I wanted to ask if there are any tips/tricks on reverse engineering .xaml files within Studio. I am aware of the Export to Excel feature within the Design and Debug tabs as I’ve recently started using it for my own workflows but wanted to find out if there are any other methods for more complex projects.
I have a REFramework process that was never fully built by a third party about two years ago and have spent a lot of time trying to figure out how everything is connected by studying the variables, arguments, activities and sequences within the .xaml files. I’ve made notable progress but want to see if I can figure this out even faster thru another method.
Any suggestions/feedback is welcome.
To get an overall idea you may try to check the Outline panel.
But still going through the code is what the detailed way I believe.
The outline panel seems to help.
When you say going through the code, are you referring to what I’ve been doing or is there another way? Just curious.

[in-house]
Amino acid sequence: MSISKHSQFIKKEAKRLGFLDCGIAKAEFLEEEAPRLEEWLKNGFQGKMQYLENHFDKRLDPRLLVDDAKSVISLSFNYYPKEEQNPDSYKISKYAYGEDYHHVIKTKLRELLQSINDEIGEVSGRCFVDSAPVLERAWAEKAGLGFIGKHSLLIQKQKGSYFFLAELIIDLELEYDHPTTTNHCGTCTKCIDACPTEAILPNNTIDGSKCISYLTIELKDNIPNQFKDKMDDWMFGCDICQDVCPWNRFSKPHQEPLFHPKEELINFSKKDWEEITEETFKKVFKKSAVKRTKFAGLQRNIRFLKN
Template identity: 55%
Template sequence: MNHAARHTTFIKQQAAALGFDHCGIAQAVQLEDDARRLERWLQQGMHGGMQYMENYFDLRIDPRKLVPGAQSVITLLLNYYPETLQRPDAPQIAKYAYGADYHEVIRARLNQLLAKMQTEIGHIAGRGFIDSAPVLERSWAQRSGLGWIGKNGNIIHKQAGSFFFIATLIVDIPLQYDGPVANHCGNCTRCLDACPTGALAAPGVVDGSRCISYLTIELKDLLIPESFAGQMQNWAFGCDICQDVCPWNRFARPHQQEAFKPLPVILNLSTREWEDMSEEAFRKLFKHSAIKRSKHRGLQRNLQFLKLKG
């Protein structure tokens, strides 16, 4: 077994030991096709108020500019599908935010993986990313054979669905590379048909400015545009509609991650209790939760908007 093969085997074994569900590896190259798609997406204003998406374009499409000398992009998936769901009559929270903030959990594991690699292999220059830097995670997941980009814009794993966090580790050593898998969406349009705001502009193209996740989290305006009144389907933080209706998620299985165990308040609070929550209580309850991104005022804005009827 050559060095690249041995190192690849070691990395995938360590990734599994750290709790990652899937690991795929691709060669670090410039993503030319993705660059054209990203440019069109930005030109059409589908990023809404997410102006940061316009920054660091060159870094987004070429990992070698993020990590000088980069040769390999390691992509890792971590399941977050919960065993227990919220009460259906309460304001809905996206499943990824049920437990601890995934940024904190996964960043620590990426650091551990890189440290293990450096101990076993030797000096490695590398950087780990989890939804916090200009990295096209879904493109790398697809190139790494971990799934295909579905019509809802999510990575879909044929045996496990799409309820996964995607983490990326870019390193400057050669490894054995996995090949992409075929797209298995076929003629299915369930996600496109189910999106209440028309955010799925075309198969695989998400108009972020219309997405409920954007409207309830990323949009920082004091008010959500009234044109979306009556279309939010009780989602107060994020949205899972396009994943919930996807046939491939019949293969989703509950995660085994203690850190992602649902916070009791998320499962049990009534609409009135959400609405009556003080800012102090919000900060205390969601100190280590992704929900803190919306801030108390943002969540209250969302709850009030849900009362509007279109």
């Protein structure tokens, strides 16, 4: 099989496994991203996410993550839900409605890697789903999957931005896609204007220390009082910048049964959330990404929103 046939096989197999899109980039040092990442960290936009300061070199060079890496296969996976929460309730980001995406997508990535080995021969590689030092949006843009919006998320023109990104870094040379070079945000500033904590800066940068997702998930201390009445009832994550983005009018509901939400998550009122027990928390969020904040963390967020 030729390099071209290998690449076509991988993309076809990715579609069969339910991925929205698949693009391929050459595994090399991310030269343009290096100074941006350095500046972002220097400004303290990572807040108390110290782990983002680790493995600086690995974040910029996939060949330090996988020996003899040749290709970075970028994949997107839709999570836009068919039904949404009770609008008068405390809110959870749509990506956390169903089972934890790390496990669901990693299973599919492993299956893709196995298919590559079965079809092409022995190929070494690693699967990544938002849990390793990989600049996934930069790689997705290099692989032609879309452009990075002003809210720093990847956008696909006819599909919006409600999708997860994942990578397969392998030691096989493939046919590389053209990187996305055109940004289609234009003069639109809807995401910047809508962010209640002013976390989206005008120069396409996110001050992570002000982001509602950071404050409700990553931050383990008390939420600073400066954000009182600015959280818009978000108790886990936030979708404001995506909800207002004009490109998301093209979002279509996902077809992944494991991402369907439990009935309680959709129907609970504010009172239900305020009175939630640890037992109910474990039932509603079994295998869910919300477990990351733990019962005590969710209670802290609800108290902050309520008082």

Yes the way you were doing only…
Okay. Thanks for clarifying
Good luck. REFramework is a mess. I just rebuild them properly from scratch (or with my own framework that’s much better than RE) when I’m presented with something like this. What you’re doing is the only way to decipher what someone else wrote.
I figured that would be the case considering I couldn’t find anything else that could help me decipher this process.
And I couldn’t agree more about REFramework being a mess. I’m already convinced that I’ll need to build my own version of the process since I keep running into errors and asking Support to help me figure out what it all means. Having no documentation from the third party also doesn’t help at all and only adds to the frustration.
Just out of curiosity, what kind of framework did you build? Does it operate similar to RE?
It’s a template that is intended to be used against a Queue (although it can be modified to run against things like lists of files, etc) and has error handling, notifications, logging, etc built in but it’s just a regular flow, not a state machine.
I forgot to mention it’s based off of the UiPath template “Transactional Process” - I started with that and over time have honed it to fit our environment and internal standards.
I gotcha. Thank you for sharing this information with me. This is quite insightful.
I’ll look more into something like that up the road for future projects and my current case if I end up having to rebuild it from scratch.
I’ll also go ahead and accept your initial response as the solution. Thanks once again for your input on this matter
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